Today in Addis Ababa, the African Union (AU) meets for its annual summit which this year will focus on women's empowerment and developing Agenda 2063, their 50 year development plan. This long term approach aims for inclusive growth and sustainable development and a shift away from aid-dependency.
The inclusion and promotion of women in the research, design and delivery of development programmes is critical to success. No country will flourish without the involvement of half of its population and it is right that women are highlighted in the formative seven principles of the Agenda.
In its ambition to build a politically united, peaceful, self-sustaining continent which values its heritage, the AU are right to seek out long term, autonomous policies. The lack of systems and infrastructure in some of the African Union countries can be seen as a blessing as well as a curse: they have the opportunity to start from scratch and do it correctly. The recent passing of the 0.7% GNI bill in the House of Commons was a real triumph and I'm proud that more Labour MPs voted than the rest of the parties put together. However, we must be careful that aid is a hand up, not a hand out.
DFID programmes should be looking to complement Africa's goal for good governance, democracy, human rights and justice so that they become a strong global partner. The AU's Commissioner for Economic Affairs said this week that the Agenda 2063 aims to enhance "economic management and broader socio-economic transformation to improve the standard of living and quality of life". To support this, our investments should be focussing on strengthening institutions, sharing our world class expertise, promoting best practice in the work place and creating the conditions for vulnerable people to thrive.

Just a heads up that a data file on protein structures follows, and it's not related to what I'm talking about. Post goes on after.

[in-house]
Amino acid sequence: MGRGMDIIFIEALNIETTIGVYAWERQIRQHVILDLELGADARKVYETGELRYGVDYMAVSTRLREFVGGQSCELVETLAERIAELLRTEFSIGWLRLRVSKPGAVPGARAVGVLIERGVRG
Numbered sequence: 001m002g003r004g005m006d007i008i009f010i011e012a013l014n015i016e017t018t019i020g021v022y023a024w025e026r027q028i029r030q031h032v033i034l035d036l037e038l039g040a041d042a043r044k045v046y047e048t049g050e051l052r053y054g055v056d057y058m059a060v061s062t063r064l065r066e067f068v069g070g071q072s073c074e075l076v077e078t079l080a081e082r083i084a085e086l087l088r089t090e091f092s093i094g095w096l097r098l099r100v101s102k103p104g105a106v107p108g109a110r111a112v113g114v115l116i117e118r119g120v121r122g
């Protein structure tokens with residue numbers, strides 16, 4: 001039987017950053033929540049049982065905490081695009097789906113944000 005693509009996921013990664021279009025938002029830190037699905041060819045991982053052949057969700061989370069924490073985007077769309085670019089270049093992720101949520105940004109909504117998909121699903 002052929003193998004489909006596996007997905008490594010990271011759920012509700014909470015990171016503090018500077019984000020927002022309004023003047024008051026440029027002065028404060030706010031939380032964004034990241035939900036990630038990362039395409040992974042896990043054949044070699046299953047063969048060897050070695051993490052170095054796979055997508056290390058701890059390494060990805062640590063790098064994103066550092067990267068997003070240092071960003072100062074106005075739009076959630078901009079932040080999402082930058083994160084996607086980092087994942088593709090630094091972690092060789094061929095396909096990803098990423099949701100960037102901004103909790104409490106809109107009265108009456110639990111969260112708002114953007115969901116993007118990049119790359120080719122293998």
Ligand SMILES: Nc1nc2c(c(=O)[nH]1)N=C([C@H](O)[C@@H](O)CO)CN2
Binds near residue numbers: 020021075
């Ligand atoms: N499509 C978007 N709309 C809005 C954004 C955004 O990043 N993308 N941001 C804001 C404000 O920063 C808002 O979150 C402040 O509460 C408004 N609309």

In 1998, DFID under Labour invested £20million into creating a Rwandan Revenue Authority which in the first year collected £60million and by 2006 increased to £240million a year. Consequently, poverty levels fell from 74% in 1994 to 56% in 2006. One of the most telling figures is that government expenditure received from aid is down from 85% in 2000 to 45% in 2010.
As well as mobilising domestic tax revenue, DFID under Labour will prioritise tax justice, ensuring that extractive companies and multinationals pay their fair share. Shockingly, developing countries lose three times as much in unpaid tax than they receive in global aid combined - an estimated $160 billion a year lost is some of the poorest countries. Multinational companies should be forced to pay tax in the countries they operate, not hide them away in offshore accounts.
Of course, for a tax system to flourish, it needs workers to contribute. Labour strongly believes that the best route out of poverty is through decent work. Growth is gradually increasing throughout Africa, from 4.5% in 2014 to a projection of 5.1% in 2017. With rising employment, especially in the private sector, DFID needs to invest resources to ensure that workers have adequate conditions, reasonable pay and the freedom to join a trade union. Jobs created in the private sector must be accessible to local people and benefit the surrounding community and environment.
Labour believes that these are the building blocks to long term, sustainable growth that would match the aspirations of Agenda 2063. 2015 has the potential to be an historic year for development; the international community coming together in September to agree the Sustainable Development Goals and in December to agree a framework to tackle climate change, with the small matter of the General Election in May. Labour will use the opportunities this year as a springboard to supporting the African Union achieve their goals.